The TOH team gives a fire-damaged triple-decker in Dorchester, MA, some long-overdue updates —and its owner the safer, more comfortable home she and her family deserve
MEET DAYS'S RAVEN BOWENS
It’s been such a roller coaster,” reflects Raven Bowens of landing the job of DAYS’s Chanel. “I auditioned for it months back. It was a self-tape and I didn’t hear anything for weeks and so I had kind of given up on it. About a month or so later, I got a call for a chemistry read but I didn’t get the part. I was told it went down to the wire and it went another way and as actors, we hear that often [laughs]. I was like, ‘Whatever, they were just probably being nice’. So I was pretty sad about it and then all my team was hyping me and I thought, ‘You know what? I read Carol Burnett’s book a while back, and in her book she talked about how she couldn’t get arrested, she couldn’t get a job, and she kind of settled with herself and was like, “You know what? It wasn’t my turn. It was that other person’s turn.” ’ So I sent my agents that email and they said, ‘We love this, so moving on.’ A couple of weeks later, I booked THE MARVELOUS MRS. MAISEL, so I was in New York and I was doing that show and then DAYS called and they offered me the role. It was pretty crazy.”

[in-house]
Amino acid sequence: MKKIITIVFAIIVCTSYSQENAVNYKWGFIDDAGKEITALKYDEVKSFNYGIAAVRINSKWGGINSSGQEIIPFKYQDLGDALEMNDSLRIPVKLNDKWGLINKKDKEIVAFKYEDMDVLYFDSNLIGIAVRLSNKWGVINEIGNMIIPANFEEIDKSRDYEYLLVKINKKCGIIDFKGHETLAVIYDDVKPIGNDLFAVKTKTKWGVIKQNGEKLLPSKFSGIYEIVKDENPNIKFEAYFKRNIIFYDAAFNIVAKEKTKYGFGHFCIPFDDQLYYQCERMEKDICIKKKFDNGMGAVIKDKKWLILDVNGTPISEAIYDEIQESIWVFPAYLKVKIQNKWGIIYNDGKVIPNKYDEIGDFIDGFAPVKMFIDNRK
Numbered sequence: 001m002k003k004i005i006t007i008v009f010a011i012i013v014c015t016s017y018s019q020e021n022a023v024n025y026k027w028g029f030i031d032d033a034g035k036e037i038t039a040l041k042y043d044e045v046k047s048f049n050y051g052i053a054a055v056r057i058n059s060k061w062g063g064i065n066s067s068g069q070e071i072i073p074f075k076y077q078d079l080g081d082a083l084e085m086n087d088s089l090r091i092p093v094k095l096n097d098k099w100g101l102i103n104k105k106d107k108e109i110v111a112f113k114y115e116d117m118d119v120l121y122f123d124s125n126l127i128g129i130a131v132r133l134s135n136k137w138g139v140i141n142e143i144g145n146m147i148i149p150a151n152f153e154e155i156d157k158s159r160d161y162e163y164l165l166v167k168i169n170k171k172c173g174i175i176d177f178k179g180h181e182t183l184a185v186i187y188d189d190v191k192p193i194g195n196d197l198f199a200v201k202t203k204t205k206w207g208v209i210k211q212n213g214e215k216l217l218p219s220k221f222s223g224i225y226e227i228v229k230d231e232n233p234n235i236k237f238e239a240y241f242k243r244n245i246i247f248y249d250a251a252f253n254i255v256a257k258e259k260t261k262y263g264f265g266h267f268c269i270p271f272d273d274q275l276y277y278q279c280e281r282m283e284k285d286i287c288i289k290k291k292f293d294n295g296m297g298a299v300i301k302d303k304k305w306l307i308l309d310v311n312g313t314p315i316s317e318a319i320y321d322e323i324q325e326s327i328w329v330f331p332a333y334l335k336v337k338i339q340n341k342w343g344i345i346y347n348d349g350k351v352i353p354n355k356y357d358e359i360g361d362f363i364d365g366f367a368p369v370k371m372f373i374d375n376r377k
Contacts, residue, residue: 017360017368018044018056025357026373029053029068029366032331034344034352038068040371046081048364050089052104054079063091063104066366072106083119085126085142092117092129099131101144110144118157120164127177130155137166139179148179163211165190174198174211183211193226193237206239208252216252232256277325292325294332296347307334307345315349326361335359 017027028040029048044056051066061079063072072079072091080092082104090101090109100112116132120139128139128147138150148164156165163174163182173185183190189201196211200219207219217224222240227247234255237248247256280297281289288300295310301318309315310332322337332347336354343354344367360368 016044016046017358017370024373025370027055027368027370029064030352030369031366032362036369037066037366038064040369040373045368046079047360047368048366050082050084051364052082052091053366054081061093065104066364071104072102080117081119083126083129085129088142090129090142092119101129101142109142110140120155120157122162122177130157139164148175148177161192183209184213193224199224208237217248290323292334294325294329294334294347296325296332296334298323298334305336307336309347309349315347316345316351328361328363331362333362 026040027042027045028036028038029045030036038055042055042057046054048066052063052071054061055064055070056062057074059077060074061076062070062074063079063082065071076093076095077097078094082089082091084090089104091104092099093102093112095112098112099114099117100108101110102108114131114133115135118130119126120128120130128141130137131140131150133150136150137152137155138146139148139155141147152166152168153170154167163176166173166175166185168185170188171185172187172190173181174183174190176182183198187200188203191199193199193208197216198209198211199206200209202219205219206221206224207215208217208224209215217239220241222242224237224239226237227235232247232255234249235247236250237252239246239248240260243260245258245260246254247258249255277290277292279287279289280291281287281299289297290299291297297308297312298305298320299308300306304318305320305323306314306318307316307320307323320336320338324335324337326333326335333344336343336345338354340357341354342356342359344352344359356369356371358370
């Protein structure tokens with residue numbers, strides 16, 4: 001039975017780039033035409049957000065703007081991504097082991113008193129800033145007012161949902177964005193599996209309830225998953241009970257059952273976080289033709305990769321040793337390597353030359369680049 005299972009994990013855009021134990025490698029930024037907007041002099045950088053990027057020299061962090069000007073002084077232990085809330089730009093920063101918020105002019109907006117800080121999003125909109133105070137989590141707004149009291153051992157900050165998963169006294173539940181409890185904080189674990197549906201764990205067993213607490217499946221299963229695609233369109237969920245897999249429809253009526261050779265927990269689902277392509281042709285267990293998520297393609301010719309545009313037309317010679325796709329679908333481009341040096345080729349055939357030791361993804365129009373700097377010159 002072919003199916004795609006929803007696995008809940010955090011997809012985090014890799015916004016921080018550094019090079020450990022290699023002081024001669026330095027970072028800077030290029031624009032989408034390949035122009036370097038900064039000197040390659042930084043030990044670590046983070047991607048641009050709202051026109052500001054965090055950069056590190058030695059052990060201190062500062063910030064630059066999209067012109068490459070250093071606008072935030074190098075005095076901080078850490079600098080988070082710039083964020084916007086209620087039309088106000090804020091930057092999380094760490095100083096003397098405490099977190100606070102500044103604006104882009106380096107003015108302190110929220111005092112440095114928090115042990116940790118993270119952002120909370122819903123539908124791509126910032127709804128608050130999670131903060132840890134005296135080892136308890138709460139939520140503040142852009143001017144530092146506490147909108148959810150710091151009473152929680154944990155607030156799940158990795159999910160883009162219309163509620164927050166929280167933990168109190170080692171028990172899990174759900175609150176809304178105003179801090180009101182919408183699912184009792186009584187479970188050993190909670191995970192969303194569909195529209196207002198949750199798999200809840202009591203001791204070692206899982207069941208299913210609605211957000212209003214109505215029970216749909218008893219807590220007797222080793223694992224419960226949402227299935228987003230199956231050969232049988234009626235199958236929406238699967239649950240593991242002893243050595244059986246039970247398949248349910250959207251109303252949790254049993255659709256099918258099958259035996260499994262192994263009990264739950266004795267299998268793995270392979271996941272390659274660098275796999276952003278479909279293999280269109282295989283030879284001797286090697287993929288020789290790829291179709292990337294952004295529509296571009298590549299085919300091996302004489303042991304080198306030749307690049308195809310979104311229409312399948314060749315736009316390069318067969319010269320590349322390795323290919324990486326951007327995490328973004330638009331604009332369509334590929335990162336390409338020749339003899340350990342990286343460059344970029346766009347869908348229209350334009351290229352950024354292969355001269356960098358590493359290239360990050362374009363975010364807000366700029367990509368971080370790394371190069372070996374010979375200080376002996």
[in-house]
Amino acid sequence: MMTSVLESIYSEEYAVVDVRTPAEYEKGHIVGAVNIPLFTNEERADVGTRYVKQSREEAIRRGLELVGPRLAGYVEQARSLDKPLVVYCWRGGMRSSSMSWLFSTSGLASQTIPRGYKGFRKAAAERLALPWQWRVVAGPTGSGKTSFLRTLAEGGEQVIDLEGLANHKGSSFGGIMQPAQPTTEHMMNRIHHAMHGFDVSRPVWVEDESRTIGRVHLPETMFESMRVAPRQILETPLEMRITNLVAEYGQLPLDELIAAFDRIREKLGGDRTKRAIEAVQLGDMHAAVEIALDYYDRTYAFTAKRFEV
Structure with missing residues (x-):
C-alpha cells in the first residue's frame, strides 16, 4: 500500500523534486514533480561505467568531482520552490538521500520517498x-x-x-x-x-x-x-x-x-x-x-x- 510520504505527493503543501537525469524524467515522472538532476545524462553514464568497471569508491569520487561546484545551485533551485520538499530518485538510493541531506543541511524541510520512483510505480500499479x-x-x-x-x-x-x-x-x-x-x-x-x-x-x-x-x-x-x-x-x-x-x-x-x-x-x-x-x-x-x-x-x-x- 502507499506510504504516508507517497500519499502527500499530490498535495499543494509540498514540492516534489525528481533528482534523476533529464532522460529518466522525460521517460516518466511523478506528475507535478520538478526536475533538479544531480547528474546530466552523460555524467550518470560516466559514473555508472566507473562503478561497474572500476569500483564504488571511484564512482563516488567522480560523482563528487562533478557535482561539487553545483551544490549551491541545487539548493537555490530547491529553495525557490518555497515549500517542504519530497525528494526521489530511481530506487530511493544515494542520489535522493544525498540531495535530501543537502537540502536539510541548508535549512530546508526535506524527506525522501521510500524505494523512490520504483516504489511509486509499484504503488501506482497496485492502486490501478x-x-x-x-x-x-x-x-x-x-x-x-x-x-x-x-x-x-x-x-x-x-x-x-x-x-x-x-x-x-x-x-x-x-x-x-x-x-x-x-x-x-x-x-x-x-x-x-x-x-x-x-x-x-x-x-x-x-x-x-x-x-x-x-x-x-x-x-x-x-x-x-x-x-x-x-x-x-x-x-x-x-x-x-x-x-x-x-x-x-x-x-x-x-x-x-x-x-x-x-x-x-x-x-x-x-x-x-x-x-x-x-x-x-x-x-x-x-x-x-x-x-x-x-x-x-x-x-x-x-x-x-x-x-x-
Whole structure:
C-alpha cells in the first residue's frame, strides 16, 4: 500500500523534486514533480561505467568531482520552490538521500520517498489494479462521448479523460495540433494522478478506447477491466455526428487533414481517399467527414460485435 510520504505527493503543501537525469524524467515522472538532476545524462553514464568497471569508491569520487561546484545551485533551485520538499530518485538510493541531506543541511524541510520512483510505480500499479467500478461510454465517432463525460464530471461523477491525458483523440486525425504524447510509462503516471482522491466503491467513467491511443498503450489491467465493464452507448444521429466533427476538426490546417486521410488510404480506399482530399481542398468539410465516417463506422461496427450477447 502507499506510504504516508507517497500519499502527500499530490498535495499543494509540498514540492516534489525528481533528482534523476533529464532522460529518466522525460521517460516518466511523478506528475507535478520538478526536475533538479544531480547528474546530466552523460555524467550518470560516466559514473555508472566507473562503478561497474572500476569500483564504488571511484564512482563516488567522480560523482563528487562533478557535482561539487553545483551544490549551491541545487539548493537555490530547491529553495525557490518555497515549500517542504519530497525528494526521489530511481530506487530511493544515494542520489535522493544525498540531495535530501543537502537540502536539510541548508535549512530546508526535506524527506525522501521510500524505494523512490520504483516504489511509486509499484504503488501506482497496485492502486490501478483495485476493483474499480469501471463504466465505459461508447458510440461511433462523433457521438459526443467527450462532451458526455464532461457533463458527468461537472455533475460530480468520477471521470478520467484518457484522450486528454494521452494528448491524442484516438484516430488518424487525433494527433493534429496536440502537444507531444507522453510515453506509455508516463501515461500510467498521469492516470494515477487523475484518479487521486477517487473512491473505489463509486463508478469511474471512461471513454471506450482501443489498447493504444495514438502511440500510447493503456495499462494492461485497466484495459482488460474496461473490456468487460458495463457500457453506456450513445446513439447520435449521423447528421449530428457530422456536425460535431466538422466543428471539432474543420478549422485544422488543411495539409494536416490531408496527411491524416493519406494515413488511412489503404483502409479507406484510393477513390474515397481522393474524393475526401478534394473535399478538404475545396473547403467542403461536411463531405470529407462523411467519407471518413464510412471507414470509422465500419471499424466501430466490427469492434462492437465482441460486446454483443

You Grew It Alone. Now Can You Lead?
Nnenna Stella, founder of the fashion accessories brand the Wrap Life, talks staffing up with Lisa Price, founder of beauty brand Carol’s Daughter.
You'd Be an Iconic Guest
A ruthless Instagram interviewer brings her knowing wink to cable.
DIVORCING De NIRO: ROMANCE IS BULL!
Swears off women as he accuses wife of spending him into the poorhouse
Gender equity drive in racing
As part of a remix for the coming season of the foiling SailGP series, each of the eight teams are to add one female athlete per team. Teams will be incentivised to include female athletes in rotation for ‘active roles’ and to include women in the sixth position, progressing to ‘practice and/or training in key roles’.
TIGER KING GETS HIS CLAWS INTO NEW BID FOR FREEDOM!
CAGED “Tiger King” star Joe Exotic has continued his fight for freedom — by hiring the lawyer who repped the family of his rival Carole Baskin’s long-missing husband!